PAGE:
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Descriptions du produit

Présentation de l'éditeur

Helping is a fundamental human relationship.

From a mother feeding her infant to a friend or spouse helping to make something happen, to a group member playing his or her role to help the group to succeed, to a therapist helping a patient, to an organizational consultant or coach helping to improve individual, group or organizational functioning, helping is the basic relationship that moves things forward. Yet, paradoxically, we know relatively little about the social and psychological dynamics of that relationship.

In this seminal book on the topic, corporate culture and organizational development guru Ed Schein analyzes the dynamics of helping relationships, explains why help is often not helpful, and shows what any would-be-helper must do to insure that help is actually provided.

Many different words are used for helping assisting, aiding, advising, coaching, consulting, counseling, guiding, mentoring, supporting, teaching, and many more but they all have common dynamics and processes. Schein exposes and shows how to resolve the inequities and role ambiguities of helping relationships, describes the different roles that helpers can take once the relationship is balanced, and explains how to build a balanced relationship and how to intervene as that relationship develops, In this short but profound book Schein examines the social dynamics that are at play in helping relationships in order to better understand why offers of help are sometimes refused or resented, and how to make help more useful and effective.

Biographie de l'auteur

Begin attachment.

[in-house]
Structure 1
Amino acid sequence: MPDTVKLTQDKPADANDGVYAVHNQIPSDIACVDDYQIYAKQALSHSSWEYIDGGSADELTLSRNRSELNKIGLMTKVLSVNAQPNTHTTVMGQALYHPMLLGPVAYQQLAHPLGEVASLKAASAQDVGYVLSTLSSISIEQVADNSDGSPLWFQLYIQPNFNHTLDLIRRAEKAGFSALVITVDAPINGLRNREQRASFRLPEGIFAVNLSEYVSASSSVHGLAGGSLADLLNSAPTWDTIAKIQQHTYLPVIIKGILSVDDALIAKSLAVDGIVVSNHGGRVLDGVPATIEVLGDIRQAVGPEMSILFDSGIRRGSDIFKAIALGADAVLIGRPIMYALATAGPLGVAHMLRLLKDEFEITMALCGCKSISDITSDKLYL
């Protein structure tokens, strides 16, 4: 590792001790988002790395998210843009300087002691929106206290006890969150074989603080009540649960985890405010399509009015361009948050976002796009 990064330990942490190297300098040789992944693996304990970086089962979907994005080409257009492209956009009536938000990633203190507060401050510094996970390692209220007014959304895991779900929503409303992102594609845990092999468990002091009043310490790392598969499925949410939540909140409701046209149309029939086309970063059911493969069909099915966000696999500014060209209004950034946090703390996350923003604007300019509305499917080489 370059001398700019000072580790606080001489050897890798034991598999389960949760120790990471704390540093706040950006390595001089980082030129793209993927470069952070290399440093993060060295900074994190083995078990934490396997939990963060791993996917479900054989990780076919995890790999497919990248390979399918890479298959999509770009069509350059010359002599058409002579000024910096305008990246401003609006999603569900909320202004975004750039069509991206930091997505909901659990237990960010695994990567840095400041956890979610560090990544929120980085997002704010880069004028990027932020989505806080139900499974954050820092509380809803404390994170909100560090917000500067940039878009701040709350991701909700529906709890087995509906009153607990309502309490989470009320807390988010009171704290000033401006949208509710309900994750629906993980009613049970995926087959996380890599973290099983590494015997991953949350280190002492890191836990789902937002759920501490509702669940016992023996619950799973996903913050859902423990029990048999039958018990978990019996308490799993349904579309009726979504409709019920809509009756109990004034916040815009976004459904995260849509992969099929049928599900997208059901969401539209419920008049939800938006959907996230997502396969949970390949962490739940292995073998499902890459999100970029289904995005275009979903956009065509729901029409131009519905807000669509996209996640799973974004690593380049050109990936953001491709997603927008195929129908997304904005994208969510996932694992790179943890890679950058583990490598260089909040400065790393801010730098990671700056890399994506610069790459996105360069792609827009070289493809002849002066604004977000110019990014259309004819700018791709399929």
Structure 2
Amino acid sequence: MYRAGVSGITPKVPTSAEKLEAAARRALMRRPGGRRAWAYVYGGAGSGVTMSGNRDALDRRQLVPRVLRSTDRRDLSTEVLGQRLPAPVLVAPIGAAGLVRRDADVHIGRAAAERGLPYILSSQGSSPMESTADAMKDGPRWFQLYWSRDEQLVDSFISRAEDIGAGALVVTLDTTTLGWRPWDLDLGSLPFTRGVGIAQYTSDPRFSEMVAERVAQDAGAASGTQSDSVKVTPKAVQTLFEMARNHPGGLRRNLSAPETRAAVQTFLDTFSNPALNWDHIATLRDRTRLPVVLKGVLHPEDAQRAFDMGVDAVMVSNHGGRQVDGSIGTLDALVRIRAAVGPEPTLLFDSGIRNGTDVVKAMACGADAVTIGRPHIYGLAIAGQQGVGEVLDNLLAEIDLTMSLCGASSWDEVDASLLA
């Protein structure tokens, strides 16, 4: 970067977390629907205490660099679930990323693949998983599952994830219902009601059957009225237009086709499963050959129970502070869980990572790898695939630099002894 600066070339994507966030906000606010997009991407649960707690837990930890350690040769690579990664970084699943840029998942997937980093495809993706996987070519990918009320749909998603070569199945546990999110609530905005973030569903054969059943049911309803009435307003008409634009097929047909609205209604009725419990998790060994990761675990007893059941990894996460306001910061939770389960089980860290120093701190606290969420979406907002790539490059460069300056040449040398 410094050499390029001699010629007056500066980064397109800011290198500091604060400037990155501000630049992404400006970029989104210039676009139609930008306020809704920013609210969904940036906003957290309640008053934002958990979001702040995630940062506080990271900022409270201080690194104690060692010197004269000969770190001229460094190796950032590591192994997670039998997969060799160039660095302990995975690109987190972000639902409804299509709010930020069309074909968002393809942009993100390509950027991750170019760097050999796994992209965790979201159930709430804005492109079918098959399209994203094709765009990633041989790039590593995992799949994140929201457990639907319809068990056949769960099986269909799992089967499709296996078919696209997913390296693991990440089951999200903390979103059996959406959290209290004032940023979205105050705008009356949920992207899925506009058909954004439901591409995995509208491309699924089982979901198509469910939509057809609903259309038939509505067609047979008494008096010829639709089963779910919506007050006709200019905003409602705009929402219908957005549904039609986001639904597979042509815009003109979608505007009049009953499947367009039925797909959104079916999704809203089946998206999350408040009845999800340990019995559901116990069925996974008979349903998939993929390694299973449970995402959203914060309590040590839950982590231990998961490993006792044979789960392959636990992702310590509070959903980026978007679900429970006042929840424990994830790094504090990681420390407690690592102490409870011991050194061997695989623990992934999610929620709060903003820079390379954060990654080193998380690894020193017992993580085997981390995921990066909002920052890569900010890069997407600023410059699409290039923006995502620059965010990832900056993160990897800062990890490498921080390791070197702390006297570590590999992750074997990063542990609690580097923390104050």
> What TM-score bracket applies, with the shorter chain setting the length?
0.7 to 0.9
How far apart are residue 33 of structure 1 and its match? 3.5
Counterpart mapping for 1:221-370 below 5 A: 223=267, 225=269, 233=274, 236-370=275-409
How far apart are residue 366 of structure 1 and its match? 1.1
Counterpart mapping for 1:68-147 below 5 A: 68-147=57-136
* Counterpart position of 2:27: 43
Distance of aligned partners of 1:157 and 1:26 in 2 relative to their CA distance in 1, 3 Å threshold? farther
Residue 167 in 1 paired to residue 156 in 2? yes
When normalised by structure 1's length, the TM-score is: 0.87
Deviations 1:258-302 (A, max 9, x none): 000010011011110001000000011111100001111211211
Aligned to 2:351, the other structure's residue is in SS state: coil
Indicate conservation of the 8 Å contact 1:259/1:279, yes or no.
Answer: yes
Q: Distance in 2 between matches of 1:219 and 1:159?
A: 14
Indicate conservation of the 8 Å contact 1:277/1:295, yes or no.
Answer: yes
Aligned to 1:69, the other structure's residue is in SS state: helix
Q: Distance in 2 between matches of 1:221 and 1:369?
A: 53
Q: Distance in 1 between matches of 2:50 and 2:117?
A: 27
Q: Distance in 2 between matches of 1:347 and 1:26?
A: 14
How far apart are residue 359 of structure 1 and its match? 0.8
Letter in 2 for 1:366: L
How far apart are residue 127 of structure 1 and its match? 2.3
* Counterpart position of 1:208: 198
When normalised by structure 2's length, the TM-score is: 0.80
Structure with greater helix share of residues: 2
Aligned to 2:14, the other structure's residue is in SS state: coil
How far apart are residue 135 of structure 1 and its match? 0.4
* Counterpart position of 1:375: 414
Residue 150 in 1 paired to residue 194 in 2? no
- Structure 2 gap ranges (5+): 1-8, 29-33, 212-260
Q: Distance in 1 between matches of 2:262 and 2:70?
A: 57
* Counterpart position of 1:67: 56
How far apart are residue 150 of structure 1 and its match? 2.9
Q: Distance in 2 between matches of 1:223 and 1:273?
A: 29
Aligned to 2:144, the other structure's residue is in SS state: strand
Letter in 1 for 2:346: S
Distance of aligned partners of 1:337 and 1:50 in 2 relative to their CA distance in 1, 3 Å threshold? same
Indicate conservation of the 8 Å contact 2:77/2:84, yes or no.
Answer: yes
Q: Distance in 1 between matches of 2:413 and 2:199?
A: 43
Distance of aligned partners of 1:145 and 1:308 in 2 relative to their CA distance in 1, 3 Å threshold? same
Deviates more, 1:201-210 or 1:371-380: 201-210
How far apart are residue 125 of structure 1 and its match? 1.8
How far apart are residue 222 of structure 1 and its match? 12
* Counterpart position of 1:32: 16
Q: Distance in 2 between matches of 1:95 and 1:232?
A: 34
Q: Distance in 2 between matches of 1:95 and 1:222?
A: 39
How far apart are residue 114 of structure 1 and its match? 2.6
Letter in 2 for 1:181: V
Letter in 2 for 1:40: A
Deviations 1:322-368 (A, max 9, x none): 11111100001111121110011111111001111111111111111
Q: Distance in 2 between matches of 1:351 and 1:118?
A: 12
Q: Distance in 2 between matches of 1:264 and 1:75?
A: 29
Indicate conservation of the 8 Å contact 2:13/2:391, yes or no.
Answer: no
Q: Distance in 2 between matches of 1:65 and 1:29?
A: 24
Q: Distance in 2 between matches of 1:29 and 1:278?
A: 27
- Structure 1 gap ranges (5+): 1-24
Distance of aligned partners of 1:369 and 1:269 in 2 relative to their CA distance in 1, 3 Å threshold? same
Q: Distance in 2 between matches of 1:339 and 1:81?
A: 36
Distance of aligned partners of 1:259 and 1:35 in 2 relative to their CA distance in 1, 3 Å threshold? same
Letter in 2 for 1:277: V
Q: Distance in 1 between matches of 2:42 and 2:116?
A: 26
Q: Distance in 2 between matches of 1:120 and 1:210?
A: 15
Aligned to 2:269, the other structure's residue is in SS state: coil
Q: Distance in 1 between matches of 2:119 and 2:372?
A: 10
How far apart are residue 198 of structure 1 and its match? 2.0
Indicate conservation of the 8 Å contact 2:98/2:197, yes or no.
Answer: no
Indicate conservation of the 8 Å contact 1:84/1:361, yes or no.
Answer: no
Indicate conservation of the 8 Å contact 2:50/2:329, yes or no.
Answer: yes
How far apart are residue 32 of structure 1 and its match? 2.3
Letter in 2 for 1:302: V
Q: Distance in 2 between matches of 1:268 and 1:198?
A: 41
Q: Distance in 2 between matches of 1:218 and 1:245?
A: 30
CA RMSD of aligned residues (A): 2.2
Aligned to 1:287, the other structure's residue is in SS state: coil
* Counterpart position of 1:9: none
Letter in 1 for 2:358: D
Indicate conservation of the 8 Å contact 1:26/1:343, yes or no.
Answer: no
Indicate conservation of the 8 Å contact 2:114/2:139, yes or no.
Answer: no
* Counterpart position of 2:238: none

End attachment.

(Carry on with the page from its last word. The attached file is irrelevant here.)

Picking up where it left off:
Ed Schein was Chief of the Social Psychology Section of the Walter Reed Army Institute of Research while serving in the U.S. Army as Captain from 1952 to 1956. He joined MIT's Sloan School of Management in 1956 and was made a Professor of Organizational Psychology and Management in 1964. From 1968 to 1971 Schein was the Undergraduate Planning Professor for MIT, and in 1972 he became the Chairman of the Organization Studies Group of the MIT Sloan School, a position he held until 1982. He was honored in 1978 when he was named the Sloan Fellows Professor of Management, a Chair he held until 1990. He is currently Sloan Fellows Professor of Management Emeritus and continues at the Sloan School half-time as a Senior Lecturer. He is also the Founding Editor of Reflections, the Journal of the Society for Organizational Learning devoted to connecting academics, consultants, and practitioners around the issues of knowledge creation, dissemination and utilization. His consultation focuses on organizational culture, organization development, process consultation, and career dynamics, and among his past and current clients are major corporations both in the U.S. and overseas such as Digital Equipment Corporation, Ciba-Geigy, Apple, Citibank, General Foods, Procter and Gamble, ICI, Saab Combitech, Steinbergs, Alcoa, Motorola, Hewlett-Packard, Exxon, Shell, AMOCO, Con Edison, and the Economic Development Board of Singapore. Schein has received many honors and awards for his writing, most recently the Lifetime Achievement Award in Workplace Learning and Performance of the American Society of Training Directors, Feb, 3, 2000 and the Everett Cherington Hughes Award for Career Scholarship from the Careers Division of the Academy of Management, Aug. 8, 2000. Paul Kampas is a consultant, researcher, and author with over two decades of multi-disciplinary experience in technology, systems, and strategy. Hi is principal of Kampas Research, a consulting firm that provides research, writin --Ce texte fait référence à l'édition Broché .